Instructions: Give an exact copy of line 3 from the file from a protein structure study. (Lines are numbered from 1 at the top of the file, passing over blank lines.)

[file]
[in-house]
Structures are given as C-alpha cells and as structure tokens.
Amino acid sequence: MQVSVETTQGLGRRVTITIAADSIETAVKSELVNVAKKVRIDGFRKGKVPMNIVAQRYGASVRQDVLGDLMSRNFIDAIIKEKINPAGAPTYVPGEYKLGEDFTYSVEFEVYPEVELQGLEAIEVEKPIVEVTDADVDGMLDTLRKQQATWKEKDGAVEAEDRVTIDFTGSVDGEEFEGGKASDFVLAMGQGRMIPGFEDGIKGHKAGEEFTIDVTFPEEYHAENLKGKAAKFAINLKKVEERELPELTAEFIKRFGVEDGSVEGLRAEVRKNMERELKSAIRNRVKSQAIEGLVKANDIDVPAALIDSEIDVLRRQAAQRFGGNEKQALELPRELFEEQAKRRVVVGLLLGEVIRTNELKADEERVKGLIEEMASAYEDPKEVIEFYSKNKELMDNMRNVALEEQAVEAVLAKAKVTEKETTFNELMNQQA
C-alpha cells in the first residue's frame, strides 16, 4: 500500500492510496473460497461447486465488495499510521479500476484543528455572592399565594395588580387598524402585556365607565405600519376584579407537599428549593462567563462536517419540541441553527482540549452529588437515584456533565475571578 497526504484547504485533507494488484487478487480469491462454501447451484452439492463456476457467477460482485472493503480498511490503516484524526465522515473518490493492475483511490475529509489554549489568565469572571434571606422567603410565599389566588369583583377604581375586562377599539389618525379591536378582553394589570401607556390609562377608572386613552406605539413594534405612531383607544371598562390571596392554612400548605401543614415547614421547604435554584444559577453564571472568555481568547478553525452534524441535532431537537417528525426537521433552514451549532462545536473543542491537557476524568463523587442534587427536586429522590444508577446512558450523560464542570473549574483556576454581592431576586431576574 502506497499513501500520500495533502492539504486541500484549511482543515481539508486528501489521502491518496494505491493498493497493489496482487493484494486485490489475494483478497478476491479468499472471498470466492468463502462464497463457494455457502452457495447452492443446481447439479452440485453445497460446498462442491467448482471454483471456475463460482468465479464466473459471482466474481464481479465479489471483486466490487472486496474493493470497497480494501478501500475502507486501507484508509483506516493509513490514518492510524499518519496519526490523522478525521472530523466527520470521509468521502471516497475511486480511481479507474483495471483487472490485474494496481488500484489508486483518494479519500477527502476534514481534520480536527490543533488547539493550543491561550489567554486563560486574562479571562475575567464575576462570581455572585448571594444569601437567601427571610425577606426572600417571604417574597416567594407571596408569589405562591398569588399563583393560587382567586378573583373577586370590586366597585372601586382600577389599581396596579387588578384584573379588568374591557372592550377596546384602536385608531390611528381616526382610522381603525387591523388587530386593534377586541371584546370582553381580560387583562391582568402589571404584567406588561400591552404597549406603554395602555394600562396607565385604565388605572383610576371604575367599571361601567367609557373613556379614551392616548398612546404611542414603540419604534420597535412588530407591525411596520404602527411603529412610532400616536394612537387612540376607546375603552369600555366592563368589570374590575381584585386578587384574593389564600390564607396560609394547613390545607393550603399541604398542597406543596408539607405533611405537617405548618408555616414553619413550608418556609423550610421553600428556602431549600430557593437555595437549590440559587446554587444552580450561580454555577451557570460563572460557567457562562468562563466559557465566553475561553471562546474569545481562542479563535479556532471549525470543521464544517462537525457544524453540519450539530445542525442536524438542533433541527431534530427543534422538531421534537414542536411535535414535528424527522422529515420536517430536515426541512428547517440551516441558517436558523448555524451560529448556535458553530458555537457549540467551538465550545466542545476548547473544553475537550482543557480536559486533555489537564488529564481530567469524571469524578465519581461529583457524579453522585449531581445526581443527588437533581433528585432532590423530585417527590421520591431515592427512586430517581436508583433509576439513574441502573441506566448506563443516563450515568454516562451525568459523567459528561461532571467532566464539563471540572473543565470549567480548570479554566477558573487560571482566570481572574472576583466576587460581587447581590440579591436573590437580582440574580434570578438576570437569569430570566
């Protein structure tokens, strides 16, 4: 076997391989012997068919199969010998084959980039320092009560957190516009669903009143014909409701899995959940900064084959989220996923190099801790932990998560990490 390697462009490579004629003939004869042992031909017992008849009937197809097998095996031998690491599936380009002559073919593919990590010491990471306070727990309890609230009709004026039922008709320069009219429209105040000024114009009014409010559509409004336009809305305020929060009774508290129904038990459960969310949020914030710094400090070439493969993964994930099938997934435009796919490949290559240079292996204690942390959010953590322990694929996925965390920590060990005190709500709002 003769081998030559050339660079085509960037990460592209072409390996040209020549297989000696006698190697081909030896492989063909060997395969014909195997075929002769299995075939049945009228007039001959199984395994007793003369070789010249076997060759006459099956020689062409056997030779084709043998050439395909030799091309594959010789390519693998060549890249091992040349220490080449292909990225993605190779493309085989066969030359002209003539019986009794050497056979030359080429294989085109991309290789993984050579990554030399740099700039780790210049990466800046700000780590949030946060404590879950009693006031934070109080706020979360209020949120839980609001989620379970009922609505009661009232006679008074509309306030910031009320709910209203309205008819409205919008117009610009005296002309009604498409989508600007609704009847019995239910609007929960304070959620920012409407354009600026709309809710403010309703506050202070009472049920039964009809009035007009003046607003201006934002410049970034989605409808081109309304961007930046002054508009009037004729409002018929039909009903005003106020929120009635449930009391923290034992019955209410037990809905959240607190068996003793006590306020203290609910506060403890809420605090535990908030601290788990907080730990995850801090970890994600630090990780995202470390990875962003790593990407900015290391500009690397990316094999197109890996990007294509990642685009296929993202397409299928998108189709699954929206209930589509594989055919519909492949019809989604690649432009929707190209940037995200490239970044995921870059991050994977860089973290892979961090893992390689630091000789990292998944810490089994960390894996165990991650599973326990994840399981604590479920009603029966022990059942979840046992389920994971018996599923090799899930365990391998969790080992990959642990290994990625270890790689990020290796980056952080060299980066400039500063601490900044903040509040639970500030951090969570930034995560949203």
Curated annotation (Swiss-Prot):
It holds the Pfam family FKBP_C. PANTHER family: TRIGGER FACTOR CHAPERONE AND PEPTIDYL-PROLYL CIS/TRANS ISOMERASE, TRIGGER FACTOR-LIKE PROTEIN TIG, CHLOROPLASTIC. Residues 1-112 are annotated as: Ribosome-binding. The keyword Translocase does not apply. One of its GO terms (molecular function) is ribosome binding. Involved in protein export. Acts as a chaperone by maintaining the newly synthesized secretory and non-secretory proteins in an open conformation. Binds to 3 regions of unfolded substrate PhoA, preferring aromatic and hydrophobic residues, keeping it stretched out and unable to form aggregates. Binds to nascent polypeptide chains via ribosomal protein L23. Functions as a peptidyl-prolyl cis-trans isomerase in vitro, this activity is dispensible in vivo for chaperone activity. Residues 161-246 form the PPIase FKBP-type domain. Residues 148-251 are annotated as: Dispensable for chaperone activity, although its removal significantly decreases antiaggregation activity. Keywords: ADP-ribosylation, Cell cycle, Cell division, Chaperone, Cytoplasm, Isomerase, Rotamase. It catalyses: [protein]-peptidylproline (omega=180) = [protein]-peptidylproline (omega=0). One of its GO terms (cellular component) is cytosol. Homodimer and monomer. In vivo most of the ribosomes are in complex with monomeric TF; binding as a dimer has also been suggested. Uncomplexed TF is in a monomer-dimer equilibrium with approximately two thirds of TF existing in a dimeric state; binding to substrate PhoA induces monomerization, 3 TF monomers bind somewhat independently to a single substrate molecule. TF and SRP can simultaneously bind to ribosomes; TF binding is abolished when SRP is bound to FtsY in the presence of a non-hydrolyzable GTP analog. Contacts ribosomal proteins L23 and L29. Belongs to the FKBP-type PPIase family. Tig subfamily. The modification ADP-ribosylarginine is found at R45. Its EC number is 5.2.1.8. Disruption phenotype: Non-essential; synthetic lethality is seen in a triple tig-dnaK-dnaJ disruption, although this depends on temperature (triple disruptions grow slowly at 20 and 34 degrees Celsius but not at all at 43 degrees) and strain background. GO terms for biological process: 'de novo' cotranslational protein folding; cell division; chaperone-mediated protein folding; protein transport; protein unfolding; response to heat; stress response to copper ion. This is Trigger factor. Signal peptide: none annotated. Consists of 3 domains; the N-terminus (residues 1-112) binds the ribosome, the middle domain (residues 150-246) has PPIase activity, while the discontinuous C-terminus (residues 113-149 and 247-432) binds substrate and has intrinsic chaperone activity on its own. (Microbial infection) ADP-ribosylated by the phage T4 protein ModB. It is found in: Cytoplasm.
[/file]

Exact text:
Amino acid sequence: MQVSVETTQGLGRRVTITIAADSIETAVKSELVNVAKKVRIDGFRKGKVPMNIVAQRYGASVRQDVLGDLMSRNFIDAIIKEKINPAGAPTYVPGEYKLGEDFTYSVEFEVYPEVELQGLEAIEVEKPIVEVTDADVDGMLDTLRKQQATWKEKDGAVEAEDRVTIDFTGSVDGEEFEGGKASDFVLAMGQGRMIPGFEDGIKGHKAGEEFTIDVTFPEEYHAENLKGKAAKFAINLKKVEERELPELTAEFIKRFGVEDGSVEGLRAEVRKNMERELKSAIRNRVKSQAIEGLVKANDIDVPAALIDSEIDVLRRQAAQRFGGNEKQALELPRELFEEQAKRRVVVGLLLGEVIRTNELKADEERVKGLIEEMASAYEDPKEVIEFYSKNKELMDNMRNVALEEQAVEAVLAKAKVTEKETTFNELMNQQA